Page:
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Normanby Homestead
Normanby Homestead (2008).jpg
Normanby Homestead, 2008
Location Cunningham Highway, Warrill View, Queensland, Australia
Design period 1840s - 1860s (mid-19th century)
Built 1866 - 1867
Architect Charles Balding
Official name: Normanby Homestead
Type state heritage (built, landscape)
Designated 21 October 1992
Reference no. 600737
Significant period 1860s-1870s (historical)
Significant components residential accommodation - main house, garden/grounds

Normanby Homestead is a heritage-listed homestead at Cunningham Highway, Warrill View, Queensland, Australia. It was designed by Charles Balding and built from 1866 to 1867. It was added to the Queensland Heritage Register on 21 October 1992.


Normanby Homestead was constructed in 1866-67 for the George Thorn family of Ipswich, to a design by Ipswich architect and surveyor, Charles Balding.

The Normanby Plains south of Ipswich, on which the homestead is located, were named by government surveyor Robert Dixon in 1839, and occupied by European pastoralists from the 1840s. Initially, Normanby was part of Rosebrook, a 10,000 hectares (25,000 acres) run on the western side of the Normanby Plains, taken up c. 1843 by NSW pastoralist Donald McIntyre. In 1845 the Rosebrook lease was transferred to George Thorn of Ipswich. He was the former superintendent of the government cattle station at Limestone from 1838, and one of the earliest free settlers at Moreton Bay. Whilst still a government employee, he had obtained permission to operate a small general store at Limestone, and in 1842 resigned from government service to establish Ipswich's first hotel, the Queen's Arms. Known as the "father of Ipswich", Thorn represented West Moreton in the first Queensland Legislative Assembly. His sons George, Henry, John and William followed their father into Queensland politics, with son George becoming the Premier of Queensland.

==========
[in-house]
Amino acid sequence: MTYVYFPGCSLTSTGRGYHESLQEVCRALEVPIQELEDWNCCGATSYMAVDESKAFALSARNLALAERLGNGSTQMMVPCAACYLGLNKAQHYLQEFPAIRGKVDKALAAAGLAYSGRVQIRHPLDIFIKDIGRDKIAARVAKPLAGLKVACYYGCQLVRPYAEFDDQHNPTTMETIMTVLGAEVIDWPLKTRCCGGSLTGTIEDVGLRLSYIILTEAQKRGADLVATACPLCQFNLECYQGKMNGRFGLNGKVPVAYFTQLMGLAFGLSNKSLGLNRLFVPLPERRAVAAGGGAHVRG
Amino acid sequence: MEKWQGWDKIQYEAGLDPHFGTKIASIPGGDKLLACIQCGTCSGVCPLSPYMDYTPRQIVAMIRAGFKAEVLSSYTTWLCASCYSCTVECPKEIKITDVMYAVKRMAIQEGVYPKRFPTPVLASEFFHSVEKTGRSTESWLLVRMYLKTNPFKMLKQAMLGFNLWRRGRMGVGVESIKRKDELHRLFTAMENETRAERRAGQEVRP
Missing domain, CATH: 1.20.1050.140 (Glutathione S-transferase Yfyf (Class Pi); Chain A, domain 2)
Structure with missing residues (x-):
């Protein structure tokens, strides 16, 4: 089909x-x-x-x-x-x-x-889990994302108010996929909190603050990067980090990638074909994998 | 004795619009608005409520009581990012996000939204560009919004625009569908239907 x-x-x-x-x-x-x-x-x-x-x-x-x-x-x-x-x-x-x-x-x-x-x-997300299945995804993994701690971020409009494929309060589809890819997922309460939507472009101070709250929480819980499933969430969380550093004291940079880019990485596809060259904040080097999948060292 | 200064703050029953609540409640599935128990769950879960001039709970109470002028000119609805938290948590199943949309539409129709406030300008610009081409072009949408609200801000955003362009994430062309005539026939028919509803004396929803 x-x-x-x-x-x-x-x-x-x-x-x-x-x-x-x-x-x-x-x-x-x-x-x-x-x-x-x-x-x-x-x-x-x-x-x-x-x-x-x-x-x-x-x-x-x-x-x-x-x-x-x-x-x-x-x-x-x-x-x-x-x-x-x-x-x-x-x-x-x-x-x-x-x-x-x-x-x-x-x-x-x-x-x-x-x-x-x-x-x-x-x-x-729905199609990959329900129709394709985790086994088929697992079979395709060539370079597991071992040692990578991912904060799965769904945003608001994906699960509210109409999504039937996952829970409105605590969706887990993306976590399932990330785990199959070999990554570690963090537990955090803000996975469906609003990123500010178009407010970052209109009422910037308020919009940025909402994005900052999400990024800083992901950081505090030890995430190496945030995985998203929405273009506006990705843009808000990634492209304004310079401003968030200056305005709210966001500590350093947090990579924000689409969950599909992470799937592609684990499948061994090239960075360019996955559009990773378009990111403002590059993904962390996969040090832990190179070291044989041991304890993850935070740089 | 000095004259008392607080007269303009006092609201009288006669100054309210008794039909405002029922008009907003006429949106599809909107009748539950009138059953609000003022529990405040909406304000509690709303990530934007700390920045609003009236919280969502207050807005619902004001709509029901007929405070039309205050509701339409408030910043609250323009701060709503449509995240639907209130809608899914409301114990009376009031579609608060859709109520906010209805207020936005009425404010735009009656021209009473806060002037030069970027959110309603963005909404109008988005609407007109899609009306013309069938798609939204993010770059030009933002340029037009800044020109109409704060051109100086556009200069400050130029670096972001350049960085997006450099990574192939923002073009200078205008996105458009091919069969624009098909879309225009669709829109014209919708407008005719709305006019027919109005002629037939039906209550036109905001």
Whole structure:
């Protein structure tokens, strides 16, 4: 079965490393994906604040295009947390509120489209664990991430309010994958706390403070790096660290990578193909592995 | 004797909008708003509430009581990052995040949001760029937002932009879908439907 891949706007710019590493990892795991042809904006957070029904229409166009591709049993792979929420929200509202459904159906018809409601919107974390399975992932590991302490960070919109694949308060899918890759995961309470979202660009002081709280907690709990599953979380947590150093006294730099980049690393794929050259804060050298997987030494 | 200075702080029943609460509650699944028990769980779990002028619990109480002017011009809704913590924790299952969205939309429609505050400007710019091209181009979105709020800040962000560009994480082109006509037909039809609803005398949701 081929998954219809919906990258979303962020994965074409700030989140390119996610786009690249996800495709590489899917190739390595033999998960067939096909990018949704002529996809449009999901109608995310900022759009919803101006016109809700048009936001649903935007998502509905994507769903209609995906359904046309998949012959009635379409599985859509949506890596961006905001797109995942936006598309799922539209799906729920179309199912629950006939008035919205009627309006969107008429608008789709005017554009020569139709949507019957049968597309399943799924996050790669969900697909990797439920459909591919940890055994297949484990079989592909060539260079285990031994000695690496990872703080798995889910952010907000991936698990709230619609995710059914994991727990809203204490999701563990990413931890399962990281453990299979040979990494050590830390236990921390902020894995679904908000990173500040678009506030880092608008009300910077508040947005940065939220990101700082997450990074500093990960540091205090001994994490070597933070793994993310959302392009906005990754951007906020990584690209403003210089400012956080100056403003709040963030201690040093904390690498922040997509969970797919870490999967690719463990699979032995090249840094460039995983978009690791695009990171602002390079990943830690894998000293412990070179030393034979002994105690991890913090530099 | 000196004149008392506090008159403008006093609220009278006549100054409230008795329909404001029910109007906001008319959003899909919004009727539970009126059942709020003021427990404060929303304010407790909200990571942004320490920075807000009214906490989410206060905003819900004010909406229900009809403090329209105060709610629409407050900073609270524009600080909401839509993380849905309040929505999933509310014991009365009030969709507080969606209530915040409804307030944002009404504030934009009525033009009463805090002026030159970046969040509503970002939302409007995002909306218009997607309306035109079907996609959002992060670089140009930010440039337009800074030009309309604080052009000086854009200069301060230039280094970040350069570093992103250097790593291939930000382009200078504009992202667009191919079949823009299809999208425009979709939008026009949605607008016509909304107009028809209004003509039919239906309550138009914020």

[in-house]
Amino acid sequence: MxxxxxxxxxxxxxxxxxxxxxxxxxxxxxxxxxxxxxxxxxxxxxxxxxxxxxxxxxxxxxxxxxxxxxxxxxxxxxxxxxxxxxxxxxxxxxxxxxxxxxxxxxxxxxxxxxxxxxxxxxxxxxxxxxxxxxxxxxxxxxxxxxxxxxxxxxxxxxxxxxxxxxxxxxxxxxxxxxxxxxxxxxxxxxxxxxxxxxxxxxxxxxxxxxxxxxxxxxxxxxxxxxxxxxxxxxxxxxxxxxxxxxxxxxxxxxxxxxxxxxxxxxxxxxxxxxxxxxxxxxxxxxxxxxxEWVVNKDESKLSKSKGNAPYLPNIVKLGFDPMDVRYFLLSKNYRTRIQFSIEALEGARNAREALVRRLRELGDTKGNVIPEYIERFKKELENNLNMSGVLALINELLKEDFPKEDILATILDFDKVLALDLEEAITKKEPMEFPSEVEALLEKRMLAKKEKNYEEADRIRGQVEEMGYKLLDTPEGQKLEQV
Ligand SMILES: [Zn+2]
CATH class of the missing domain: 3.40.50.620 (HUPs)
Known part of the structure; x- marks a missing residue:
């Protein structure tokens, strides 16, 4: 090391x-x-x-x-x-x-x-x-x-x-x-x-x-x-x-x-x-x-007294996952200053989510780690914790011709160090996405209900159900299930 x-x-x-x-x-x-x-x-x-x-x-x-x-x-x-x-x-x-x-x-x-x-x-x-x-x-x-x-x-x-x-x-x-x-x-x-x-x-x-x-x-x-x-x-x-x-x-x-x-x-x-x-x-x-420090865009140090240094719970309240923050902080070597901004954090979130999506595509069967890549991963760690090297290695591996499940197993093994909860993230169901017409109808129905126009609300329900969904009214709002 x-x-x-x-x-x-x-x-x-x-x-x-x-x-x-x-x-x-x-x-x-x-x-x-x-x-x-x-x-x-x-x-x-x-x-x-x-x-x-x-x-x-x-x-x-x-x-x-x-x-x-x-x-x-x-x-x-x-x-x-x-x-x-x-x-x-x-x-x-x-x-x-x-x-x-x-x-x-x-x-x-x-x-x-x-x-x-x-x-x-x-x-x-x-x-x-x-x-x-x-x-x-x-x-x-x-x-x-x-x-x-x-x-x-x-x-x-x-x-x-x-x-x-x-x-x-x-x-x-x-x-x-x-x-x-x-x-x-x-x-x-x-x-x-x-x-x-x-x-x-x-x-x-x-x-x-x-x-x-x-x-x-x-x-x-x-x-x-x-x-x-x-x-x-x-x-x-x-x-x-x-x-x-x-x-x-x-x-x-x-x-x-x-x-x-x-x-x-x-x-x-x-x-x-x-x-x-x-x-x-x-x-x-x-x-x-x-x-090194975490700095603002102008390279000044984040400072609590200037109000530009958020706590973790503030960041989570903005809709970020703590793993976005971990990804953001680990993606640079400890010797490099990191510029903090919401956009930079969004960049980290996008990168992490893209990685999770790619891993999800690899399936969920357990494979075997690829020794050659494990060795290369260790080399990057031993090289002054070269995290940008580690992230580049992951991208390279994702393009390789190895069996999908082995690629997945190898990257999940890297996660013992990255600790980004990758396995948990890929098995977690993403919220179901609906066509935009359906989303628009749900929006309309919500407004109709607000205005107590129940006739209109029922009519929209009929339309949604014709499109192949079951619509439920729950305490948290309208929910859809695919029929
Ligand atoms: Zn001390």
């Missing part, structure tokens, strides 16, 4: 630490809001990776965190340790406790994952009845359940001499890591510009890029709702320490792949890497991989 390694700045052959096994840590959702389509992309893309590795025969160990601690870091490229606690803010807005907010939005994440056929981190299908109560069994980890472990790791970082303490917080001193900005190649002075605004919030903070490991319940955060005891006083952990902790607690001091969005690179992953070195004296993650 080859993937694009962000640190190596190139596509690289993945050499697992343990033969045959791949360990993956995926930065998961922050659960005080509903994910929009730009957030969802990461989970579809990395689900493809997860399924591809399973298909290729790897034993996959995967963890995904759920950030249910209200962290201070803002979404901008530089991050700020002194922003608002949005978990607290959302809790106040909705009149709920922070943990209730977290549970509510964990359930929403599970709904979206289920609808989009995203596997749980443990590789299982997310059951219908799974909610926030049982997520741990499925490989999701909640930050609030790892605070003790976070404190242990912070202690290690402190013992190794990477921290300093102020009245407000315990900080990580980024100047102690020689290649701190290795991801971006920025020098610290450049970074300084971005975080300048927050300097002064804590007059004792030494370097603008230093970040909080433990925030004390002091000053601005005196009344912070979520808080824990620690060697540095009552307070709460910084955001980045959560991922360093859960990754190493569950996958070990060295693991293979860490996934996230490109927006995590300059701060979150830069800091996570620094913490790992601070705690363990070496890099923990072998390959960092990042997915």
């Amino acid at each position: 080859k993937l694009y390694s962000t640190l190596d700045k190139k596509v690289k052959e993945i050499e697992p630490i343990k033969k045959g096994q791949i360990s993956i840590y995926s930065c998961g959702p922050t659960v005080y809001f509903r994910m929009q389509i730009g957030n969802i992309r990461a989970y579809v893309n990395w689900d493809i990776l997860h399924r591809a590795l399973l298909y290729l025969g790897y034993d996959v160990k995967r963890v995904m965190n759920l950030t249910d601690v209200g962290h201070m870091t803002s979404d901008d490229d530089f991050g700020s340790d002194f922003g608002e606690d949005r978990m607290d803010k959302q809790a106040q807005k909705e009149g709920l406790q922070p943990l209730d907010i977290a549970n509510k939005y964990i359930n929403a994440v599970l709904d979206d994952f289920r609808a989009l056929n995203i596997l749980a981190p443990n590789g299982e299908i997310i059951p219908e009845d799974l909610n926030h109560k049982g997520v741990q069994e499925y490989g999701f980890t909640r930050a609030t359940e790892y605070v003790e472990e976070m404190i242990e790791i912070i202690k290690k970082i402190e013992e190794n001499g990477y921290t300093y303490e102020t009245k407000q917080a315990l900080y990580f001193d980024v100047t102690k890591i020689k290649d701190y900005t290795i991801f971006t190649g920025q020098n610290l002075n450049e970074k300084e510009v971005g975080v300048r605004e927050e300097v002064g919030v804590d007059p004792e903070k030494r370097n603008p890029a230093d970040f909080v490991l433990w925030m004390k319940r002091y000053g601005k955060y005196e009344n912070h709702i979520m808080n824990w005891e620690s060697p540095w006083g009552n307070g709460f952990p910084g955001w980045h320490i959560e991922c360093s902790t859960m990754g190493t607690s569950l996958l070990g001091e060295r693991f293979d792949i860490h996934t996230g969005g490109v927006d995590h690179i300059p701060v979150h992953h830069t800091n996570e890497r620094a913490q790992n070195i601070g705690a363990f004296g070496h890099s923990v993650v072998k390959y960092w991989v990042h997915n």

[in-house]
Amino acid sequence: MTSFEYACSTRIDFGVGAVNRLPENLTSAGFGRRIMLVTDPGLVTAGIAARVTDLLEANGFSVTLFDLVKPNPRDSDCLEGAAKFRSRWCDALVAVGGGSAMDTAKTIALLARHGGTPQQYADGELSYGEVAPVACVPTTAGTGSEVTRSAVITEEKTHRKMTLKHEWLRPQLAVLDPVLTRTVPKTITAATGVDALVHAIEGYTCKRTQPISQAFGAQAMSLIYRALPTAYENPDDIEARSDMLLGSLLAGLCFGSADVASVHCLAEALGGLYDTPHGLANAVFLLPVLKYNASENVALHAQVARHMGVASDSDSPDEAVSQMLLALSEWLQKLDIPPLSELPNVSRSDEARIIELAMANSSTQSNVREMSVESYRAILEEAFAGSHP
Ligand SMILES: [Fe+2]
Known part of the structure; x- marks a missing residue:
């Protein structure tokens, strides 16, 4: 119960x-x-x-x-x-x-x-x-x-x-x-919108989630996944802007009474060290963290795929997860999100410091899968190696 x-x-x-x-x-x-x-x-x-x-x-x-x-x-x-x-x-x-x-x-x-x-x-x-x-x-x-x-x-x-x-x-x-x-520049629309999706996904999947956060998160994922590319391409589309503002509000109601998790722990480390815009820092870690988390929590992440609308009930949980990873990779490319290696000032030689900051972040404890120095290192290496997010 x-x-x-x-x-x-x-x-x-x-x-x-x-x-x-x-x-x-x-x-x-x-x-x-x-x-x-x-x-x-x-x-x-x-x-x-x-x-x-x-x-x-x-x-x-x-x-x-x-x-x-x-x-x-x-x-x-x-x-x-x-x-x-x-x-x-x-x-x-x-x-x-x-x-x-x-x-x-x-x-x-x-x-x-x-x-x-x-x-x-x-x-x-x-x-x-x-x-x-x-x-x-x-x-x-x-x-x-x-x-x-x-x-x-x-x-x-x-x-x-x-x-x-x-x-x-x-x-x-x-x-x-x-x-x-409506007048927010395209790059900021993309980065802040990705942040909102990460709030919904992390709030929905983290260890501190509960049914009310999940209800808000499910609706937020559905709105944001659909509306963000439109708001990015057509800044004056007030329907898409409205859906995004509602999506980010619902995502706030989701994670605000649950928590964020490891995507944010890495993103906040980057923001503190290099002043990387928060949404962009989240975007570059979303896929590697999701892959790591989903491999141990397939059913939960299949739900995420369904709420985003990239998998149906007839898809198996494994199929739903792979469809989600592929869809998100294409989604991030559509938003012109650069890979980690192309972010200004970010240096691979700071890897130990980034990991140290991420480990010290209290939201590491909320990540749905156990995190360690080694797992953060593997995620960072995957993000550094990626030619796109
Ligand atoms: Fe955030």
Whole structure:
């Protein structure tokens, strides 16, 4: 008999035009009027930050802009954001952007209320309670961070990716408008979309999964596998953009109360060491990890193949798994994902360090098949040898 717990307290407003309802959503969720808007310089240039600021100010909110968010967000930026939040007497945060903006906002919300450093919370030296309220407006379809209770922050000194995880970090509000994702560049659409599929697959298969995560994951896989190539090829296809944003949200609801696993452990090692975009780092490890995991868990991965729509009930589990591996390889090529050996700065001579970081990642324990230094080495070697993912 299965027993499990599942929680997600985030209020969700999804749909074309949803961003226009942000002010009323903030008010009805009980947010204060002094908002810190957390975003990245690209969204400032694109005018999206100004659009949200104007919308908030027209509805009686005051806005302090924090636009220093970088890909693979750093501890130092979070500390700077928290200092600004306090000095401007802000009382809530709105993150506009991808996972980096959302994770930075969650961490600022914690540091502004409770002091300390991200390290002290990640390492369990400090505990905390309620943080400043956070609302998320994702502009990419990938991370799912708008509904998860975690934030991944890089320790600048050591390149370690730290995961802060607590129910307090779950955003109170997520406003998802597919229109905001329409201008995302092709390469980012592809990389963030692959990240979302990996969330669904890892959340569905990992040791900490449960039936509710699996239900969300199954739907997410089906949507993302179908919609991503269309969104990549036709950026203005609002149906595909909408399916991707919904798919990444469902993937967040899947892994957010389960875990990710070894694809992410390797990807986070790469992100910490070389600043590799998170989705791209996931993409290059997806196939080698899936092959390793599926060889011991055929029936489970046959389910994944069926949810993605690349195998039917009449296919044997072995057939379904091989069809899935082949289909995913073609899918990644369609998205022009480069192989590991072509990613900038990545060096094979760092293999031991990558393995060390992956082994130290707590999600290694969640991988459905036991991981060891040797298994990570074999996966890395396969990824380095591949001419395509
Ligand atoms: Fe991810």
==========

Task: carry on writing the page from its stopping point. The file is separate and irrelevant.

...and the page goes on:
In mid-1848, Thorn's property on the Normanby Plains was referred to as Rosebrook. Later, his son Charles took over a portion of the run, retaining the name Rosebrook; the remainder, about 8,000 hectares (20,000 acres), was named Normanby.

By 1855, George Thorn had made improvements to the property worth about £500; the present house was erected after he acquired the freehold to the homestead block in 1861. In September 1866, Ipswich architect Charles Balding called tenders for the construction of a villa residence and outbuildings at Normanby for George Thorn, and it is believed the house was completed in 1867.

In the early 1870s John Thorn managed Normanby Station for his father until the latter's death in 1876. In 1875, the homestead was described as a "pine palace" with a lofty, spacious, splendidly polished, and lined interior. The property was running 20,000 sheep and 2,000 heads of cattle at the time. In 1878, when Normanby station was put up for auction, the homestead consisted of a roomy house with a wrap-around verandah, kitchen, servants' rooms, stables, coachhouse, outbuildings, garden and orchard. The auction was unsuccessful.

In 1881 the property was transferred to Donald Smith Wallace of Melbourne, who had married Thorn's daughter Ida Australia in 1876. The station was run from 1883 to 1893 by managing partner Reginald Gardiner Casey, who in 1888 married Thorn's granddaughter, Evelyn Jane Harris. Casey was the Member of the Queensland Legislative Assembly for Warrego from 1888 to 1893. Their son, Richard Gavin Gardiner Casey, was to become Governor-General of Australia. Normanby was still running sheep during the Wallace-Casey period.